It was a great pleasure to see our paper Psychiatry training in 42 European countries: A comparative analysis, led by Franziska Baessler and with the input of so many, published in the European Neuropsychopharmacology journal.
Our results show that psychiatry training curricula vary considerably between countries and the emphasis remains on completing a minimum amount of time in training, rather than the acquisition of defined competencies. It highlighted that there are significant gaps in the psychiatry curricula versus population needs. And it suggests that harmonization of training standards could offer significant benefits for improving mental healthcare.
This followed another publication on a much-neglected area Are we training psychiatrists to develop skills in intellectual disability psychiatry? Current European context and future directionsin European psychiatry. Although the majority of people with intellectual disabilities (ID) and psychiatric disorders access mainstream mental health services across Europe, we found that only 56% of countries provide postgraduate psychiatric training in ID.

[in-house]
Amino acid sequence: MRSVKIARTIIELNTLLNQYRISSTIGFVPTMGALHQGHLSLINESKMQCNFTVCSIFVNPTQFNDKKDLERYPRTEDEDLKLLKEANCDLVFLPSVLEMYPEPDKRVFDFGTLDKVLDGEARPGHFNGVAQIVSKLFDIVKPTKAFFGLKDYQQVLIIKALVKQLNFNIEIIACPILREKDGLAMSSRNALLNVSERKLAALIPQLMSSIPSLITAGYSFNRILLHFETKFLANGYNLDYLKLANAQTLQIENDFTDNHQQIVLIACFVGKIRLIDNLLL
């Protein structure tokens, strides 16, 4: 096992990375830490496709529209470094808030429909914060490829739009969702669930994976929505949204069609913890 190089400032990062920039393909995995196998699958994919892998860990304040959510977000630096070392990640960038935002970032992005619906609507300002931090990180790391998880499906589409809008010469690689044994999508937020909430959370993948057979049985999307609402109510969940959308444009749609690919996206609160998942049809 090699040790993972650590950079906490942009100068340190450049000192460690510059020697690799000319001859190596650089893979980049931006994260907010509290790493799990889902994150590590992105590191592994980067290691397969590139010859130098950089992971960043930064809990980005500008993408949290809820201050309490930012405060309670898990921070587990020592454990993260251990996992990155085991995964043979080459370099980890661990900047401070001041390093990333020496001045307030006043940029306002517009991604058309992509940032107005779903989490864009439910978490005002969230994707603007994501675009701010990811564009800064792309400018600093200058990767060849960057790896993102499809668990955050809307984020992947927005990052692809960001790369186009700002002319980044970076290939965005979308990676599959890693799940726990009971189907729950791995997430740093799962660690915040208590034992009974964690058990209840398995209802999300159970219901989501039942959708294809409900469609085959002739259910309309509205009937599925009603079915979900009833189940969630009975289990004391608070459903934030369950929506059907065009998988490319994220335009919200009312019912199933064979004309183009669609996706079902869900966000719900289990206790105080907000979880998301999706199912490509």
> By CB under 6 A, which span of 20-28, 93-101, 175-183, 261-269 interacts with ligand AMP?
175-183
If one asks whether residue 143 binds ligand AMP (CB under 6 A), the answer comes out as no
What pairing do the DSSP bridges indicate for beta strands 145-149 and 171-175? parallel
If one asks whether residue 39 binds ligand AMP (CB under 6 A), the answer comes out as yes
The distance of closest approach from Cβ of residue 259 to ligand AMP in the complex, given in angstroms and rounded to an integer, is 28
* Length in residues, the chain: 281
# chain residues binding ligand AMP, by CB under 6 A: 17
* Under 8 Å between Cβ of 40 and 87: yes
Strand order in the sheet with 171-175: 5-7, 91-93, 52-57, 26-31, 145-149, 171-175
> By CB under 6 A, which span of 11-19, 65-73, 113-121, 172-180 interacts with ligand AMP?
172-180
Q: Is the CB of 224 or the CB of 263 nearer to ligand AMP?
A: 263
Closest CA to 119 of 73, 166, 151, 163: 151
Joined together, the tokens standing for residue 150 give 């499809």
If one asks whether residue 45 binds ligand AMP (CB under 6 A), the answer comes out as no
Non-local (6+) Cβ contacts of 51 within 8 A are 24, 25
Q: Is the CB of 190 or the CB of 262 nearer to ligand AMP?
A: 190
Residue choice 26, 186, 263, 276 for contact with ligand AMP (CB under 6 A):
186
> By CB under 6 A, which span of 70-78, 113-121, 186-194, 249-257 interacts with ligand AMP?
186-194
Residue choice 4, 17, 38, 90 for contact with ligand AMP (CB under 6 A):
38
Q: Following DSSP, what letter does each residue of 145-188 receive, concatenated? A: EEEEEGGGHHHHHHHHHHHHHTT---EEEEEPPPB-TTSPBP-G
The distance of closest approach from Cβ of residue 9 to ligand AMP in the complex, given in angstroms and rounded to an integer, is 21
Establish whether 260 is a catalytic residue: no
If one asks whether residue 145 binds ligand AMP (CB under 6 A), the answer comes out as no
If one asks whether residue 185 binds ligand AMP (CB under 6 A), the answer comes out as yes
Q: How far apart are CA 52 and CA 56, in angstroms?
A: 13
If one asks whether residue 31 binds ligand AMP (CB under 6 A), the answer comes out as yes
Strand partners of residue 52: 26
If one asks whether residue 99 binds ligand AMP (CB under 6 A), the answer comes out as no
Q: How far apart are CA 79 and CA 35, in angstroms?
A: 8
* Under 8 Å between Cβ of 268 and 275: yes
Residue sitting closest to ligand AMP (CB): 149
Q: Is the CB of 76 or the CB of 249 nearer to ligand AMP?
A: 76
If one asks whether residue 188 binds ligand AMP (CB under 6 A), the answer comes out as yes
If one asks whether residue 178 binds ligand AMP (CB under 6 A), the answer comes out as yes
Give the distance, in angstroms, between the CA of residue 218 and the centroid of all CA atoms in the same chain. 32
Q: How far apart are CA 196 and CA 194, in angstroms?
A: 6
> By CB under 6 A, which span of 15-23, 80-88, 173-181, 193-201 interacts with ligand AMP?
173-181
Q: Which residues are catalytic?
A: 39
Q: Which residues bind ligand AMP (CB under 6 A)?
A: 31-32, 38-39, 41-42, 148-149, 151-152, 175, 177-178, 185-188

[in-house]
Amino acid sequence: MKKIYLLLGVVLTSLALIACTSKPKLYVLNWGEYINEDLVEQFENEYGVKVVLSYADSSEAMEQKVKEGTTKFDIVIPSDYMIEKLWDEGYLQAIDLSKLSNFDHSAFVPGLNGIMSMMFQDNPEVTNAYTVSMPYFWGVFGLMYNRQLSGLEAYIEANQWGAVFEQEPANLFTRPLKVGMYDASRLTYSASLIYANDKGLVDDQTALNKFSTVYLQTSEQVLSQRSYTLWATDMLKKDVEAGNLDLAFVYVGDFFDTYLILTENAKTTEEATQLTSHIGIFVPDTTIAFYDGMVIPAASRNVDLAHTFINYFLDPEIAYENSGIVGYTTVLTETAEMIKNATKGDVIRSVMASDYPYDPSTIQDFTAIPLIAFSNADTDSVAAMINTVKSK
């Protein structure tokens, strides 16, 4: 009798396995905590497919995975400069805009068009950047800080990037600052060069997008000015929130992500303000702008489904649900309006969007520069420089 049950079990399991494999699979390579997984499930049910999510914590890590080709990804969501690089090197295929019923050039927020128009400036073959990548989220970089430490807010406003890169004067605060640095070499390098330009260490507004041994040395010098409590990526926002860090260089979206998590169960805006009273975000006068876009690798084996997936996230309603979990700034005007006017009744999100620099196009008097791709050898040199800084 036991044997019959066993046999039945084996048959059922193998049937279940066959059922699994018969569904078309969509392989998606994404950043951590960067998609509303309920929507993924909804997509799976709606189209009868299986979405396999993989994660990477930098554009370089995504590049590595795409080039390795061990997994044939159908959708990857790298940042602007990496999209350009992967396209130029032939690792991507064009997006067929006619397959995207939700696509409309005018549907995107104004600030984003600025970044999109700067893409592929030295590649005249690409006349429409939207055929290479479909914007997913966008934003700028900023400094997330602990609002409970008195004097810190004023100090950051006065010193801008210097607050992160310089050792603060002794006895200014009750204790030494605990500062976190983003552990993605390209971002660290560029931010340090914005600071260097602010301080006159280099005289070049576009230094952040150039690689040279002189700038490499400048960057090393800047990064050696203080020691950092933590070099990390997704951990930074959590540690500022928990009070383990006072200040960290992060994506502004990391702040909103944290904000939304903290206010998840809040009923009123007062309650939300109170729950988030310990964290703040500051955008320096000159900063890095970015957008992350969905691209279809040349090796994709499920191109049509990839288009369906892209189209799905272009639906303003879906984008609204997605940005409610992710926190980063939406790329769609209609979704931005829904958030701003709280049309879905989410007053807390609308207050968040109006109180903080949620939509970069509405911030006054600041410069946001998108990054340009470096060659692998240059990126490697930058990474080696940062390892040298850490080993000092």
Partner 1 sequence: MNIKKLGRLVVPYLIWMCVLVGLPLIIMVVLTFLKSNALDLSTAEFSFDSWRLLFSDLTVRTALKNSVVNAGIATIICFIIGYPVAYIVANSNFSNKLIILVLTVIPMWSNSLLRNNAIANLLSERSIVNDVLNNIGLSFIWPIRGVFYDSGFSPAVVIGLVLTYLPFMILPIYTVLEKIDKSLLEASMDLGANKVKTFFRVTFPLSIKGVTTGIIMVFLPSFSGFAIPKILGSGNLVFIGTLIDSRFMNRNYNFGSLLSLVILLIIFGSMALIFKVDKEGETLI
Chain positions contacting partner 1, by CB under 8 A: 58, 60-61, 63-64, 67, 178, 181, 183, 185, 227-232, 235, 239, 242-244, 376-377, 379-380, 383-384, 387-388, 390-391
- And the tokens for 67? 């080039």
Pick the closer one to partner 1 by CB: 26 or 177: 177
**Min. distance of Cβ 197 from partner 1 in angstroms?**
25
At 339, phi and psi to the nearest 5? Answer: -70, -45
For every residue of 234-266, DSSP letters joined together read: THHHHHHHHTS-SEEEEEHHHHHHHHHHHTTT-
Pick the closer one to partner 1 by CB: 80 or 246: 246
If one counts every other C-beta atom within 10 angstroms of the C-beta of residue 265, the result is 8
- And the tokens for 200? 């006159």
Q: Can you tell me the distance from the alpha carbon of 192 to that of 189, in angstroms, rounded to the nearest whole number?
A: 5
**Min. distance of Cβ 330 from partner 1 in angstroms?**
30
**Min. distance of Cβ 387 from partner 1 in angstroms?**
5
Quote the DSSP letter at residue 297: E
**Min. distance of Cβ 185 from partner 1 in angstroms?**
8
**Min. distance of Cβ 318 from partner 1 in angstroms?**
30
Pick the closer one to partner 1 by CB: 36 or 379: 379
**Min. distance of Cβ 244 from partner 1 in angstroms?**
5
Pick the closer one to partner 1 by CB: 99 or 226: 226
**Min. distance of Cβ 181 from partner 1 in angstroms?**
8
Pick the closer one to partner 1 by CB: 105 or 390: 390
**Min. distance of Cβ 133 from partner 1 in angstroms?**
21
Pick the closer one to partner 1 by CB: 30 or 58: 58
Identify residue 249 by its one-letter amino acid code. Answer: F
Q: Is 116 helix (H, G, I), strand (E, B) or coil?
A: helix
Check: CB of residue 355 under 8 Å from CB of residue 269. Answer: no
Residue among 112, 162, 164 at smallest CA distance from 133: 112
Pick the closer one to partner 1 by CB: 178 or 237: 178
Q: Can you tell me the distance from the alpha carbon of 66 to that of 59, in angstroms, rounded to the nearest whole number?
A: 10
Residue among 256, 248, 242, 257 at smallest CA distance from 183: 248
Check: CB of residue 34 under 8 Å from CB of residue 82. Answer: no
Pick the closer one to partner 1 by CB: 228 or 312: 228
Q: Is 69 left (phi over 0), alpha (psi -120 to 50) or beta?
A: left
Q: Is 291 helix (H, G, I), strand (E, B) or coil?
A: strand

This work was only possible due to the great endeavour that is EFPT, uniting people from different countries, working towards a common goal.
Due to our work some countries were finally able to change their education policies. When we have this type of feedback, international collaboration doesn’t get any better than this!
Written by: Marisa Casanova Dias, former EFPT president and current vice-president at UEMS Psychiatry